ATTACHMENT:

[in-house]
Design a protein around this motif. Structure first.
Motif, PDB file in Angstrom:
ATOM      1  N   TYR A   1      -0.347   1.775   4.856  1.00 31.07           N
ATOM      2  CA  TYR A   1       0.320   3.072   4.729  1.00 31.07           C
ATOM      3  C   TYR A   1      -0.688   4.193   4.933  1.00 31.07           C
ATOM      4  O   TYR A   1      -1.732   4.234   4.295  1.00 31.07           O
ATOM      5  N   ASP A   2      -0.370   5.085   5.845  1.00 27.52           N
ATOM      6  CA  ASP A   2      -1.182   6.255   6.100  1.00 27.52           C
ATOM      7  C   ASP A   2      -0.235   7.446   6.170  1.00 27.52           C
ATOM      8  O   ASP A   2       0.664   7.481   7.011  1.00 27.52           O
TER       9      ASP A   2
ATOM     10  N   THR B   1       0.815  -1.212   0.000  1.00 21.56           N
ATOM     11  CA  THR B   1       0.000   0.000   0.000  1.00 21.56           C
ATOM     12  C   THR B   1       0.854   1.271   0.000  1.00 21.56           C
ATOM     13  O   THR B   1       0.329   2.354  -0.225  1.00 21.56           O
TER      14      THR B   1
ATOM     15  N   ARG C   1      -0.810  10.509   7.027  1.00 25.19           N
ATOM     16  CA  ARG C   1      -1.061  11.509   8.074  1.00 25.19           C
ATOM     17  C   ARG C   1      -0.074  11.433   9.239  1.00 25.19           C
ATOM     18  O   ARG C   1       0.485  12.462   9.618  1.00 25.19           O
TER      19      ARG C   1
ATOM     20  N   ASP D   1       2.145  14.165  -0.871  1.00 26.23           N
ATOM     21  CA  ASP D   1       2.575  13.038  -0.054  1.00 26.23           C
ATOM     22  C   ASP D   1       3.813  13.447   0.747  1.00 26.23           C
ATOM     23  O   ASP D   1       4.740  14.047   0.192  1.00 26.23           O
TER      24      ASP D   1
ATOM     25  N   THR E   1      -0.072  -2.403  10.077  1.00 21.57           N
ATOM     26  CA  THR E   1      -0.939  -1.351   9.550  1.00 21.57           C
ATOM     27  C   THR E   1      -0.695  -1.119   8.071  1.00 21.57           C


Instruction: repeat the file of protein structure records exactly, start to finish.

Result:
[in-house]
Design a protein around this motif. Structure first.
Motif, PDB file in Angstrom:
ATOM      1  N   TYR A   1      -0.347   1.775   4.856  1.00 31.07           N
ATOM      2  CA  TYR A   1       0.320   3.072   4.729  1.00 31.07           C
ATOM      3  C   TYR A   1      -0.688   4.193   4.933  1.00 31.07           C
ATOM      4  O   TYR A   1      -1.732   4.234   4.295  1.00 31.07           O
ATOM      5  N   ASP A   2      -0.370   5.085   5.845  1.00 27.52           N
ATOM      6  CA  ASP A   2      -1.182   6.255   6.100  1.00 27.52           C
ATOM      7  C   ASP A   2      -0.235   7.446   6.170  1.00 27.52           C
ATOM      8  O   ASP A   2       0.664   7.481   7.011  1.00 27.52           O
TER       9      ASP A   2
ATOM     10  N   THR B   1       0.815  -1.212   0.000  1.00 21.56           N
ATOM     11  CA  THR B   1       0.000   0.000   0.000  1.00 21.56           C
ATOM     12  C   THR B   1       0.854   1.271   0.000  1.00 21.56           C
ATOM     13  O   THR B   1       0.329   2.354  -0.225  1.00 21.56           O
TER      14      THR B   1
ATOM     15  N   ARG C   1      -0.810  10.509   7.027  1.00 25.19           N
ATOM     16  CA  ARG C   1      -1.061  11.509   8.074  1.00 25.19           C
ATOM     17  C   ARG C   1      -0.074  11.433   9.239  1.00 25.19           C
ATOM     18  O   ARG C   1       0.485  12.462   9.618  1.00 25.19           O
TER      19      ARG C   1
ATOM     20  N   ASP D   1       2.145  14.165  -0.871  1.00 26.23           N
ATOM     21  CA  ASP D   1       2.575  13.038  -0.054  1.00 26.23           C
ATOM     22  C   ASP D   1       3.813  13.447   0.747  1.00 26.23           C
ATOM     23  O   ASP D   1       4.740  14.047   0.192  1.00 26.23           O
TER      24      ASP D   1
ATOM     25  N   THR E   1      -0.072  -2.403  10.077  1.00 21.57           N
ATOM     26  CA  THR E   1      -0.939  -1.351   9.550  1.00 21.57           C
ATOM     27  C   THR E   1      -0.695  -1.119   8.071  1.00 21.57           C